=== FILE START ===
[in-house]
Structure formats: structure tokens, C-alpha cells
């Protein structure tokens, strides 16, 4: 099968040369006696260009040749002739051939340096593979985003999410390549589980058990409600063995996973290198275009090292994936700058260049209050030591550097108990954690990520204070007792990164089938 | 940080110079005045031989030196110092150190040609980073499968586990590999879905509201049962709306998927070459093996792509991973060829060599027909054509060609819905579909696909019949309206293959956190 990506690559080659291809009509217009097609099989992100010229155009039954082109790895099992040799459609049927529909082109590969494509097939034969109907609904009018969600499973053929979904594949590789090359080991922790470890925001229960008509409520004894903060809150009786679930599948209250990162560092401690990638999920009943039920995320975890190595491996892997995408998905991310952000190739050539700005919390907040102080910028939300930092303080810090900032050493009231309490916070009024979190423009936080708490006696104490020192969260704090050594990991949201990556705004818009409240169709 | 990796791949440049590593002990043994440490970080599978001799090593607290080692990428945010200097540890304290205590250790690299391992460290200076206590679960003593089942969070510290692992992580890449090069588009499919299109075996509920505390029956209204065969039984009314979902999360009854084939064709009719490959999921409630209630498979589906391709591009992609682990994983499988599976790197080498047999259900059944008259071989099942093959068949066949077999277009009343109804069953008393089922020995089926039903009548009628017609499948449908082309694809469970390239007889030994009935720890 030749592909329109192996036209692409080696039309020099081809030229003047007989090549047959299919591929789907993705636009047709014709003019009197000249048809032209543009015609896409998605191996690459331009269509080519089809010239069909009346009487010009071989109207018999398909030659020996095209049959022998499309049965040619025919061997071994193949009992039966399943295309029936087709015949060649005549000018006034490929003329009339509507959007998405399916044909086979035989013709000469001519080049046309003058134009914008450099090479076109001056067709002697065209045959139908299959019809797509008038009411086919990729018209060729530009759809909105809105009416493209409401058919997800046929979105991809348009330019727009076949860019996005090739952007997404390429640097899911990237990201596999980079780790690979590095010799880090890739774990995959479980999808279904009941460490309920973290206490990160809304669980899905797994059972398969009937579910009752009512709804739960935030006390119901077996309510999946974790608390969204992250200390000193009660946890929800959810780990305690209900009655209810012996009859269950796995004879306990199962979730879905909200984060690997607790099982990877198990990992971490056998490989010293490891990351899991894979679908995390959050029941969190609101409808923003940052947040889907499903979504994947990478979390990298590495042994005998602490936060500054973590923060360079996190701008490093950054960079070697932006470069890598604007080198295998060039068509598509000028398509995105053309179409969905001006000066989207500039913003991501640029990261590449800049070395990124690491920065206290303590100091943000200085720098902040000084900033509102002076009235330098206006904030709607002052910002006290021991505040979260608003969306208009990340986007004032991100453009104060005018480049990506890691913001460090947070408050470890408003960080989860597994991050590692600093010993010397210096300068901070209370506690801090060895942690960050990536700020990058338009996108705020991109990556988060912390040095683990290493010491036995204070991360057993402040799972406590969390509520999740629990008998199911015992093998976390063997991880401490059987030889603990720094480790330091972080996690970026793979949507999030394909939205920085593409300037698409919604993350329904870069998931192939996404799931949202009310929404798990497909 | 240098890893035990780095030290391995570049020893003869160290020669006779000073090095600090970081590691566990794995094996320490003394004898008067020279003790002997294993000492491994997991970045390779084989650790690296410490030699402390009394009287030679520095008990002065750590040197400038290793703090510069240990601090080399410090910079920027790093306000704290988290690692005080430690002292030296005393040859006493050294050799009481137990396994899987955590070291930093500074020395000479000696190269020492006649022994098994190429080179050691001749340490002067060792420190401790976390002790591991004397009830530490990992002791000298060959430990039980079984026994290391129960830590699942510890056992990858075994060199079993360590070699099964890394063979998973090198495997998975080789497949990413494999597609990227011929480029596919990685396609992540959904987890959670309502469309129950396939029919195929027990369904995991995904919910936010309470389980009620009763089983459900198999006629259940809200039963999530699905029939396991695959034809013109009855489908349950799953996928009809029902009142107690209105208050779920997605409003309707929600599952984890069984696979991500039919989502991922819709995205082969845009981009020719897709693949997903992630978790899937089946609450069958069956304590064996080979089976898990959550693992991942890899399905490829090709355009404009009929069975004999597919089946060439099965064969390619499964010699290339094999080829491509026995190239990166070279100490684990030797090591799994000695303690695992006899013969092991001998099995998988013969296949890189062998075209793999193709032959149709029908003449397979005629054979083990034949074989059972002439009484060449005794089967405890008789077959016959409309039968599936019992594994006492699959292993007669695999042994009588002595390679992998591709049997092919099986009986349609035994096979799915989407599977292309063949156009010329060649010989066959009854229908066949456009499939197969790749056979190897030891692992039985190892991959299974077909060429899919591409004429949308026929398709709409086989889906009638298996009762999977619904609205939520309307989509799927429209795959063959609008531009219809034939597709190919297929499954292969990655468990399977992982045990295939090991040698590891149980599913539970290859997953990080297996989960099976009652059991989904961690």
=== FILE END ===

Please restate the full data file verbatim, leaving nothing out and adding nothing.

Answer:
[in-house]
Structure formats: structure tokens, C-alpha cells
């Protein structure tokens, strides 16, 4: 099968040369006696260009040749002739051939340096593979985003999410390549589980058990409600063995996973290198275009090292994936700058260049209050030591550097108990954690990520204070007792990164089938 | 940080110079005045031989030196110092150190040609980073499968586990590999879905509201049962709306998927070459093996792509991973060829060599027909054509060609819905579909696909019949309206293959956190 990506690559080659291809009509217009097609099989992100010229155009039954082109790895099992040799459609049927529909082109590969494509097939034969109907609904009018969600499973053929979904594949590789090359080991922790470890925001229960008509409520004894903060809150009786679930599948209250990162560092401690990638999920009943039920995320975890190595491996892997995408998905991310952000190739050539700005919390907040102080910028939300930092303080810090900032050493009231309490916070009024979190423009936080708490006696104490020192969260704090050594990991949201990556705004818009409240169709 | 990796791949440049590593002990043994440490970080599978001799090593607290080692990428945010200097540890304290205590250790690299391992460290200076206590679960003593089942969070510290692992992580890449090069588009499919299109075996509920505390029956209204065969039984009314979902999360009854084939064709009719490959999921409630209630498979589906391709591009992609682990994983499988599976790197080498047999259900059944008259071989099942093959068949066949077999277009009343109804069953008393089922020995089926039903009548009628017609499948449908082309694809469970390239007889030994009935720890 030749592909329109192996036209692409080696039309020099081809030229003047007989090549047959299919591929789907993705636009047709014709003019009197000249048809032209543009015609896409998605191996690459331009269509080519089809010239069909009346009487010009071989109207018999398909030659020996095209049959022998499309049965040619025919061997071994193949009992039966399943295309029936087709015949060649005549000018006034490929003329009339509507959007998405399916044909086979035989013709000469001519080049046309003058134009914008450099090479076109001056067709002697065209045959139908299959019809797509008038009411086919990729018209060729530009759809909105809105009416493209409401058919997800046929979105991809348009330019727009076949860019996005090739952007997404390429640097899911990237990201596999980079780790690979590095010799880090890739774990995959479980999808279904009941460490309920973290206490990160809304669980899905797994059972398969009937579910009752009512709804739960935030006390119901077996309510999946974790608390969204992250200390000193009660946890929800959810780990305690209900009655209810012996009859269950796995004879306990199962979730879905909200984060690997607790099982990877198990990992971490056998490989010293490891990351899991894979679908995390959050029941969190609101409808923003940052947040889907499903979504994947990478979390990298590495042994005998602490936060500054973590923060360079996190701008490093950054960079070697932006470069890598604007080198295998060039068509598509000028398509995105053309179409969905001006000066989207500039913003991501640029990261590449800049070395990124690491920065206290303590100091943000200085720098902040000084900033509102002076009235330098206006904030709607002052910002006290021991505040979260608003969306208009990340986007004032991100453009104060005018480049990506890691913001460090947070408050470890408003960080989860597994991050590692600093010993010397210096300068901070209370506690801090060895942690960050990536700020990058338009996108705020991109990556988060912390040095683990290493010491036995204070991360057993402040799972406590969390509520999740629990008998199911015992093998976390063997991880401490059987030889603990720094480790330091972080996690970026793979949507999030394909939205920085593409300037698409919604993350329904870069998931192939996404799931949202009310929404798990497909 | 240098890893035990780095030290391995570049020893003869160290020669006779000073090095600090970081590691566990794995094996320490003394004898008067020279003790002997294993000492491994997991970045390779084989650790690296410490030699402390009394009287030679520095008990002065750590040197400038290793703090510069240990601090080399410090910079920027790093306000704290988290690692005080430690002292030296005393040859006493050294050799009481137990396994899987955590070291930093500074020395000479000696190269020492006649022994098994190429080179050691001749340490002067060792420190401790976390002790591991004397009830530490990992002791000298060959430990039980079984026994290391129960830590699942510890056992990858075994060199079993360590070699099964890394063979998973090198495997998975080789497949990413494999597609990227011929480029596919990685396609992540959904987890959670309502469309129950396939029919195929027990369904995991995904919910936010309470389980009620009763089983459900198999006629259940809200039963999530699905029939396991695959034809013109009855489908349950799953996928009809029902009142107690209105208050779920997605409003309707929600599952984890069984696979991500039919989502991922819709995205082969845009981009020719897709693949997903992630978790899937089946609450069958069956304590064996080979089976898990959550693992991942890899399905490829090709355009404009009929069975004999597919089946060439099965064969390619499964010699290339094999080829491509026995190239990166070279100490684990030797090591799994000695303690695992006899013969092991001998099995998988013969296949890189062998075209793999193709032959149709029908003449397979005629054979083990034949074989059972002439009484060449005794089967405890008789077959016959409309039968599936019992594994006492699959292993007669695999042994009588002595390679992998591709049997092919099986009986349609035994096979799915989407599977292309063949156009010329060649010989066959009854229908066949456009499939197969790749056979190897030891692992039985190892991959299974077909060429899919591409004429949308026929398709709409086989889906009638298996009762999977619904609205939520309307989509799927429209795959063959609008531009219809034939597709190919297929499954292969990655468990399977992982045990295939090991040698590891149980599913539970290859997953990080297996989960099976009652059991989904961690």